Countdown to Deportation of Chinese Dissidents Worries Loved Ones

Lisa Zhang and husband Song Zhiyu on the day of their wedding. Lisa says it is the only photo she has of them together – all others were on a laptop destroyed when he swam for safety from a boat he'd hoped would get him to New Zealand.

BANGKOK — Lisa Zhang is counting the days. Ten remain before her husband, now in police custody, faces deportation back to China, the homeland they fled two years ago. Zhang said Wednesday she is losing hope.

Song Zhiyu has been held by police since early March, when he and eight other Chinese dissidents, no longer feeling safe in Thailand, sailed from Pattaya in hope of reaching New Zealand. Instead, a heavy storm disabled their boat, and they swam to shore in southern Thailand. Six of the eight were eventually freed, but Song Zhiyu and one other remain imprisoned on charges of being in the country illegally.

“We are very afraid because if we’re deported back, the Chinese government will persecute us very seriously,” she said in a recent interview.

Song, like his wife, practices Falun Gong, a spiritual movement long at odds with Chinese authorities. He’s currently held in the southern province of Chumphon where their boat broke down, along with Gu Qiao, the wife of the Chinese political activist who led their exodus.


Lives Interrupted for Asylum Seekers Facing Desperation, Detention in Thailand


On April 22, both Chinese nationals were denied bail. Lisa Zhang said the Chumphon provincial court ordered deportation proceedings begin immediately but relented and gave them a one month reprieve.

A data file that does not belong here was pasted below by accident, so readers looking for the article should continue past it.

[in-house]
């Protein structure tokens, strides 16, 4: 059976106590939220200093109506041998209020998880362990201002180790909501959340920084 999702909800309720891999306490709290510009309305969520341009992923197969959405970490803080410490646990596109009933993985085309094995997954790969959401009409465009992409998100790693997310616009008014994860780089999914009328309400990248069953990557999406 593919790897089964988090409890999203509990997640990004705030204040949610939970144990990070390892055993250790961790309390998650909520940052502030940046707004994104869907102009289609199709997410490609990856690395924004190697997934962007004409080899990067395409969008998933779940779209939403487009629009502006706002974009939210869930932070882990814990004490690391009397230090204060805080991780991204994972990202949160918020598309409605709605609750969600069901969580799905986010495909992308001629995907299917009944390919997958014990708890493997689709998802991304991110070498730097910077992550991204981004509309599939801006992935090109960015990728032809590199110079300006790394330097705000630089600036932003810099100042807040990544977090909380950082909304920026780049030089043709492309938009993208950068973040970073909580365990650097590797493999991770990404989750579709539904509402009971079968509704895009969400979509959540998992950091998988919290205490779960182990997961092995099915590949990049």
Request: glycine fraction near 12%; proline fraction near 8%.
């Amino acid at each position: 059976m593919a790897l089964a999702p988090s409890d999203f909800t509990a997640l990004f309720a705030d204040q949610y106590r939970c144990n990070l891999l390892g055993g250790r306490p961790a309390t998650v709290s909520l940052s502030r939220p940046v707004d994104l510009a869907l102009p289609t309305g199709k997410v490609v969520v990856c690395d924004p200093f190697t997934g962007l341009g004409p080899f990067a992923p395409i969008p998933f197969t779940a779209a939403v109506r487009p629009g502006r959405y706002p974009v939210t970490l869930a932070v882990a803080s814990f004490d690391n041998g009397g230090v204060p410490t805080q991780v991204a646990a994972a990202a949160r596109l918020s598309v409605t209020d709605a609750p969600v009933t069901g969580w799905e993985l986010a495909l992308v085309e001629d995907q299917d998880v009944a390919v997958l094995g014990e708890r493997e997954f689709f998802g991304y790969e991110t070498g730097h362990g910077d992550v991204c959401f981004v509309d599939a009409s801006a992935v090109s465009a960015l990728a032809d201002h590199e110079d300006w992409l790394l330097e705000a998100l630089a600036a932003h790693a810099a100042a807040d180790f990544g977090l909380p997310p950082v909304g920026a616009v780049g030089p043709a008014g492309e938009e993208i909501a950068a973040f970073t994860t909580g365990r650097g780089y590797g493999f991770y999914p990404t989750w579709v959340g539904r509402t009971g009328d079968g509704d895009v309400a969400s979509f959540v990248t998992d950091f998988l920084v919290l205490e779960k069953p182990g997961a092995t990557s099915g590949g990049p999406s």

That extension is due to expire in 10 days, which is when Lisa Zhang’s husband could be deported back to China.

Lisa Zhang said she has visited the UNHCR office in Bangkok time and again during its weekly counseling hours for an update on their application. She complains she has never been told anything more than to continue waiting until a recent visit.

“They told me if my husband was detained in prison, they cannot do anything,” said the 35-year-old woman. “I still have to go there because it is my only hope.”

Lisa Zhang said she and her family were called in for a UNHCR interview in October. She said the Chinese exile community has been uneasy ever since Bangkok forcibly deported 109 Uighurs back to China last year, along with other dissidents who have disappeared in the region.

Thailand never signed the 1951 Refugee Convention and thus does not recognize their status. There are thousands of refugees in Thailand, where their UNHCR-issued certificates are little more than paper shields.

Those without valid visas are considered lawbreakers.

“We are proceeding with the case according to the law since they were illegal immigrants,” said police Col. Withoon Palasan of Pathiu police station in Chumphon who is in charge of the case.

Asylum seekers frequently complain of poor communication from the UNHCR, which when sought for comment, lived up to its tight-lipped reputation.